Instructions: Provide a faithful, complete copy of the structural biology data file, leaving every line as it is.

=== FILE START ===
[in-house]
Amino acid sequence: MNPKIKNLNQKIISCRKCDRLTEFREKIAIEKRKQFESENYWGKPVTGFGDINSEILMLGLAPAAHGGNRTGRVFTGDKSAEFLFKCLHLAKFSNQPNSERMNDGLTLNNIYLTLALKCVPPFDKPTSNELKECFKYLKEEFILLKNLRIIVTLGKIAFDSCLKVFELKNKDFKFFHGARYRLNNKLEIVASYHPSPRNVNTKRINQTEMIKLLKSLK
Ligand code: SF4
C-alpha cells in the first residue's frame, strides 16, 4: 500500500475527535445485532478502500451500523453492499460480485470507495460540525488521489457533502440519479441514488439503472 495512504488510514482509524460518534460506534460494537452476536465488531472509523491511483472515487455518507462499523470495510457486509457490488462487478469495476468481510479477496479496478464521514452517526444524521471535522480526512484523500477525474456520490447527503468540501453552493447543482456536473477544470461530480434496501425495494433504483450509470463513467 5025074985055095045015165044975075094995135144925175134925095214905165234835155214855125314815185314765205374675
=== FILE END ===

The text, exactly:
[in-house]
Amino acid sequence: MNPKIKNLNQKIISCRKCDRLTEFREKIAIEKRKQFESENYWGKPVTGFGDINSEILMLGLAPAAHGGNRTGRVFTGDKSAEFLFKCLHLAKFSNQPNSERMNDGLTLNNIYLTLALKCVPPFDKPTSNELKECFKYLKEEFILLKNLRIIVTLGKIAFDSCLKVFELKNKDFKFFHGARYRLNNKLEIVASYHPSPRNVNTKRINQTEMIKLLKSLK
Ligand code: SF4
C-alpha cells in the first residue's frame, strides 16, 4: 500500500475527535445485532478502500451500523453492499460480485470507495460540525488521489457533502440519479441514488439503472 495512504488510514482509524460518534460506534460494537452476536465488531472509523491511483472515487455518507462499523470495510457486509457490488462487478469495476468481510479477496479496478464521514452517526444524521471535522480526512484523500477525474456520490447527503468540501453552493447543482456536473477544470461530480434496501425495494433504483450509470463513467 5025074985055095045015165044975075094995135144925175134925095214905165234835155214855125314815185314765205374675